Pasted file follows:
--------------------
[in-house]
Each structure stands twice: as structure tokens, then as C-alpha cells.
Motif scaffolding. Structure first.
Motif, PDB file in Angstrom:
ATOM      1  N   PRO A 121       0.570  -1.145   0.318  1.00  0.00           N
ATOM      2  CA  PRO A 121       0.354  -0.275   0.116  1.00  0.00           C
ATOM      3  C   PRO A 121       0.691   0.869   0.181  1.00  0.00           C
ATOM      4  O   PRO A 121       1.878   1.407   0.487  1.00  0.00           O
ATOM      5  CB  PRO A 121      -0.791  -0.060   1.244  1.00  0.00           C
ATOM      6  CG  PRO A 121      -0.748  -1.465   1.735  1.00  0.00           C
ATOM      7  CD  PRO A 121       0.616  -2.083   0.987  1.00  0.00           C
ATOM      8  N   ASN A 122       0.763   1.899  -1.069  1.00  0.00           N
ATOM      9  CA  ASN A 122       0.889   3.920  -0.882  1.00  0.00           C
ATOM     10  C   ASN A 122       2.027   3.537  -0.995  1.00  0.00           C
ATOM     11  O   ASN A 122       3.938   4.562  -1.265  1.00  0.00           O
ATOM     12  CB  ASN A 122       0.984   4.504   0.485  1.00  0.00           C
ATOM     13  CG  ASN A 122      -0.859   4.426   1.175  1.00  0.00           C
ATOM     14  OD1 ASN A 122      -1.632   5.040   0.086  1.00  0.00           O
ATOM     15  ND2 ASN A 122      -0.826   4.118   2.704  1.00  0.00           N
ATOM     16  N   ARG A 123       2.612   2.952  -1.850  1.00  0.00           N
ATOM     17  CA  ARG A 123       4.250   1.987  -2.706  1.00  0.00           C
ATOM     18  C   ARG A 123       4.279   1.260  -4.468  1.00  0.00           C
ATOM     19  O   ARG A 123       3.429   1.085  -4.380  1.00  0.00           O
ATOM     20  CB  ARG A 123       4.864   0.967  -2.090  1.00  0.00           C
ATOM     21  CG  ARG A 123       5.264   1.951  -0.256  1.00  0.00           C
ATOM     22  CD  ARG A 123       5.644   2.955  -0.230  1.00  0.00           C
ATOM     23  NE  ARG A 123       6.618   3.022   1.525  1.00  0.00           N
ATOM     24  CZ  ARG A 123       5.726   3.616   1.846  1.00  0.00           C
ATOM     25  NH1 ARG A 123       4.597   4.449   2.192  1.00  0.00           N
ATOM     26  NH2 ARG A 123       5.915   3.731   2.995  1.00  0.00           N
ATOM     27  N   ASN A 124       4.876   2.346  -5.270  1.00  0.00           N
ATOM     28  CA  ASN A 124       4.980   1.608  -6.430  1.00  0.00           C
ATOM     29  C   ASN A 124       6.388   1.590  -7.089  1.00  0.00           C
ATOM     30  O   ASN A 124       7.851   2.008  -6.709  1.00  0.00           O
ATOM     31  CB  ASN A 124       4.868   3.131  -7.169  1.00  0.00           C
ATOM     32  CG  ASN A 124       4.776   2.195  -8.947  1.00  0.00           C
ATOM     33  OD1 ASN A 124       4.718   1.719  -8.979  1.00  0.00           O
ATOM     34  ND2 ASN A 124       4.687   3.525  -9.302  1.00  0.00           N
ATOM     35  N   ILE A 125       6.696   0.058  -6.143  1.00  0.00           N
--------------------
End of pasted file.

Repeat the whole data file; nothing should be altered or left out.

[in-house]
Each structure stands twice: as structure tokens, then as C-alpha cells.
Motif scaffolding. Structure first.
Motif, PDB file in Angstrom:
ATOM      1  N   PRO A 121       0.570  -1.145   0.318  1.00  0.00           N
ATOM      2  CA  PRO A 121       0.354  -0.275   0.116  1.00  0.00           C
ATOM      3  C   PRO A 121       0.691   0.869   0.181  1.00  0.00           C
ATOM      4  O   PRO A 121       1.878   1.407   0.487  1.00  0.00           O
ATOM      5  CB  PRO A 121      -0.791  -0.060   1.244  1.00  0.00           C
ATOM      6  CG  PRO A 121      -0.748  -1.465   1.735  1.00  0.00           C
ATOM      7  CD  PRO A 121       0.616  -2.083   0.987  1.00  0.00           C
ATOM      8  N   ASN A 122       0.763   1.899  -1.069  1.00  0.00           N
ATOM      9  CA  ASN A 122       0.889   3.920  -0.882  1.00  0.00           C
ATOM     10  C   ASN A 122       2.027   3.537  -0.995  1.00  0.00           C
ATOM     11  O   ASN A 122       3.938   4.562  -1.265  1.00  0.00           O
ATOM     12  CB  ASN A 122       0.984   4.504   0.485  1.00  0.00           C
ATOM     13  CG  ASN A 122      -0.859   4.426   1.175  1.00  0.00           C
ATOM     14  OD1 ASN A 122      -1.632   5.040   0.086  1.00  0.00           O
ATOM     15  ND2 ASN A 122      -0.826   4.118   2.704  1.00  0.00           N
ATOM     16  N   ARG A 123       2.612   2.952  -1.850  1.00  0.00           N
ATOM     17  CA  ARG A 123       4.250   1.987  -2.706  1.00  0.00           C
ATOM     18  C   ARG A 123       4.279   1.260  -4.468  1.00  0.00           C
ATOM     19  O   ARG A 123       3.429   1.085  -4.380  1.00  0.00           O
ATOM     20  CB  ARG A 123       4.864   0.967  -2.090  1.00  0.00           C
ATOM     21  CG  ARG A 123       5.264   1.951  -0.256  1.00  0.00           C
ATOM     22  CD  ARG A 123       5.644   2.955  -0.230  1.00  0.00           C
ATOM     23  NE  ARG A 123       6.618   3.022   1.525  1.00  0.00           N
ATOM     24  CZ  ARG A 123       5.726   3.616   1.846  1.00  0.00           C
ATOM     25  NH1 ARG A 123       4.597   4.449   2.192  1.00  0.00           N
ATOM     26  NH2 ARG A 123       5.915   3.731   2.995  1.00  0.00           N
ATOM     27  N   ASN A 124       4.876   2.346  -5.270  1.00  0.00           N
ATOM     28  CA  ASN A 124       4.980   1.608  -6.430  1.00  0.00           C
ATOM     29  C   ASN A 124       6.388   1.590  -7.089  1.00  0.00           C
ATOM     30  O   ASN A 124       7.851   2.008  -6.709  1.00  0.00           O
ATOM     31  CB  ASN A 124       4.868   3.131  -7.169  1.00  0.00           C
ATOM     32  CG  ASN A 124       4.776   2.195  -8.947  1.00  0.00           C
ATOM     33  OD1 ASN A 124       4.718   1.719  -8.979  1.00  0.00           O
ATOM     34  ND2 ASN A 124       4.687   3.525  -9.302  1.00  0.00           N
ATOM     35  N   ILE A 125       6.696   0.058  -6.143  1.00  0.00           N